The average Mafia aficionado likely feels that he or she already knows a great deal about New York gangland chieftain Charlie "Lucky" Luciano. Just about everyone knows, for example, that Luciano survived being taken "for a ride" by his rivals, that he was nicknamed "Lucky" as a result of that episode and that he single-handledly revolutionized organized crime in the United States. Just about everyone knows those things; unfortunately none are true. The problem is that much of what is generally believed about the 1930s-era crime boss can be traced to fictional works and a single, terribly suspect Luciano biography.
In this issue, Informer takes a close look at Salvatore Lucania, a.k.a. Charlie Luciano, intending to separate fact from fiction and to establish the real-world details of his life and criminal career. A great deal of the material written about Luciano and his associates since the mid-1970s rests upon an insecure foundation: The Last Testament of Lucky Luciano by Martin Gosch and Richard Hammer.
Though often criticized by historians as the product of Gosch's imagination, The Last Testament has been widely (and inexplicably) accepted as a near-autobiographical telling of Luciano's life story. Quotes from the work have appeared in books about Luciano and his ally Meyer Lansky. Even some who have been vocally critical of Last Testament's contents and Gosch's methods have found it impossible to resist borrowing tales from the book for their own works.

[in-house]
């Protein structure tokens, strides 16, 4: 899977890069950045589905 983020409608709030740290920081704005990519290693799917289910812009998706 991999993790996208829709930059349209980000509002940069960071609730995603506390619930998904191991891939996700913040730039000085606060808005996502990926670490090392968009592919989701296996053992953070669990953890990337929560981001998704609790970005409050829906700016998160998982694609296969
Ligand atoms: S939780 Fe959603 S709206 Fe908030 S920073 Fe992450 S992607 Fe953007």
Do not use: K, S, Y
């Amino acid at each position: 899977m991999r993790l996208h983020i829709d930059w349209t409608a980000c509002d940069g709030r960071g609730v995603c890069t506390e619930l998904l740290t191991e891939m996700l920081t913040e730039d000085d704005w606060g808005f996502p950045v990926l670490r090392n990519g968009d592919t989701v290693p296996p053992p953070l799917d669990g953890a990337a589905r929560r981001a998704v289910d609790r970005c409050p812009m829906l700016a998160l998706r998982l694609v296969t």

In our featured article, historian Richard Warner explores The Last Testament and the claims of its authors. He compares its contents to the historical record in order to deliver what should be "The Last Word on The Last Testament".
Thomas Hunt follows up with a Luciano lifetime chronology. While the Gosch-Hammer controversy is noted, "Year-by-year: Charlie Lucky's life" is devoid of Last Testament influence.
Also in this issue, we present the second installment of “Gunmen of the Castellammarese War,” as historians Lennert van ‘t Riet, David Critchley and Steve Turner tell the story of Steve Rannelli (preview); Edmond Valin identifies underworld informants from the Philly Mob (preview); Bill Feather provides an extensive membership chart for the post-Luciano Genovese Crime Family of New York (preview); Richard Warner recommends books on Al Capone (preview); and Patrick Downey discusses gangsters who were sent to watery graves.
One hundred pages. Published April 20, 2012.